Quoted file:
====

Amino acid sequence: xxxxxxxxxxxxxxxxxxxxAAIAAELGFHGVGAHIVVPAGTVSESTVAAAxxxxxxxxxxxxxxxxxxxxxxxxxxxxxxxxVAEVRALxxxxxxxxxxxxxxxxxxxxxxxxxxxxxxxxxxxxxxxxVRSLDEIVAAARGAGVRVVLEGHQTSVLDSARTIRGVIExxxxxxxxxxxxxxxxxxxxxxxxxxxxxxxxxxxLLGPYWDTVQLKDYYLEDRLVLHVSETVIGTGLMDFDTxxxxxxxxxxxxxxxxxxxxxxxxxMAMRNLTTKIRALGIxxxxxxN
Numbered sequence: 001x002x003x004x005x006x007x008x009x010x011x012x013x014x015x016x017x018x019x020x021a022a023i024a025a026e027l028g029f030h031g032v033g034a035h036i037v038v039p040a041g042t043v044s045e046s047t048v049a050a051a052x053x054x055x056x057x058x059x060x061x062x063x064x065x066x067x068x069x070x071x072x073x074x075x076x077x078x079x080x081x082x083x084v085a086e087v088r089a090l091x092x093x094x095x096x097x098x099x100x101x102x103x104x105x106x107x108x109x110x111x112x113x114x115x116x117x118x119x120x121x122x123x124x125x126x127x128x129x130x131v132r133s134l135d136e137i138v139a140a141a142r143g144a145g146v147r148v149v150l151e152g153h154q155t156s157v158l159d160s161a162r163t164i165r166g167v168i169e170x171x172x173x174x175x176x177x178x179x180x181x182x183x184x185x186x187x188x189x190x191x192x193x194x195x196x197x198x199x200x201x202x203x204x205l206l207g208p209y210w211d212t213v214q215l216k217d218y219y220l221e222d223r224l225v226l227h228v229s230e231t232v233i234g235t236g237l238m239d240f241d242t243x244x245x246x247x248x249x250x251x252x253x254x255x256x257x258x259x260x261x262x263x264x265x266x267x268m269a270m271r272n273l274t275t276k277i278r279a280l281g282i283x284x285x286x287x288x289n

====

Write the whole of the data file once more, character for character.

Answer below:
Amino acid sequence: xxxxxxxxxxxxxxxxxxxxAAIAAELGFHGVGAHIVVPAGTVSESTVAAAxxxxxxxxxxxxxxxxxxxxxxxxxxxxxxxxVAEVRALxxxxxxxxxxxxxxxxxxxxxxxxxxxxxxxxxxxxxxxxVRSLDEIVAAARGAGVRVVLEGHQTSVLDSARTIRGVIExxxxxxxxxxxxxxxxxxxxxxxxxxxxxxxxxxxLLGPYWDTVQLKDYYLEDRLVLHVSETVIGTGLMDFDTxxxxxxxxxxxxxxxxxxxxxxxxxMAMRNLTTKIRALGIxxxxxxN
Numbered sequence: 001x002x003x004x005x006x007x008x009x010x011x012x013x014x015x016x017x018x019x020x021a022a023i024a025a026e027l028g029f030h031g032v033g034a035h036i037v038v039p040a041g042t043v044s045e046s047t048v049a050a051a052x053x054x055x056x057x058x059x060x061x062x063x064x065x066x067x068x069x070x071x072x073x074x075x076x077x078x079x080x081x082x083x084v085a086e087v088r089a090l091x092x093x094x095x096x097x098x099x100x101x102x103x104x105x106x107x108x109x110x111x112x113x114x115x116x117x118x119x120x121x122x123x124x125x126x127x128x129x130x131v132r133s134l135d136e137i138v139a140a141a142r143g144a145g146v147r148v149v150l151e152g153h154q155t156s157v158l159d160s161a162r163t164i165r166g167v168i169e170x171x172x173x174x175x176x177x178x179x180x181x182x183x184x185x186x187x188x189x190x191x192x193x194x195x196x197x198x199x200x201x202x203x204x205l206l207g208p209y210w211d212t213v214q215l216k217d218y219y220l221e222d223r224l225v226l227h228v229s230e231t232v233i234g235t236g237l238m239d240f241d242t243x244x245x246x247x248x249x250x251x252x253x254x255x256x257x258x259x260x261x262x263x264x265x266x267x268m269a270m271r272n273l274t275t276k277i278r279a280l281g282i283x284x285x286x287x288x289n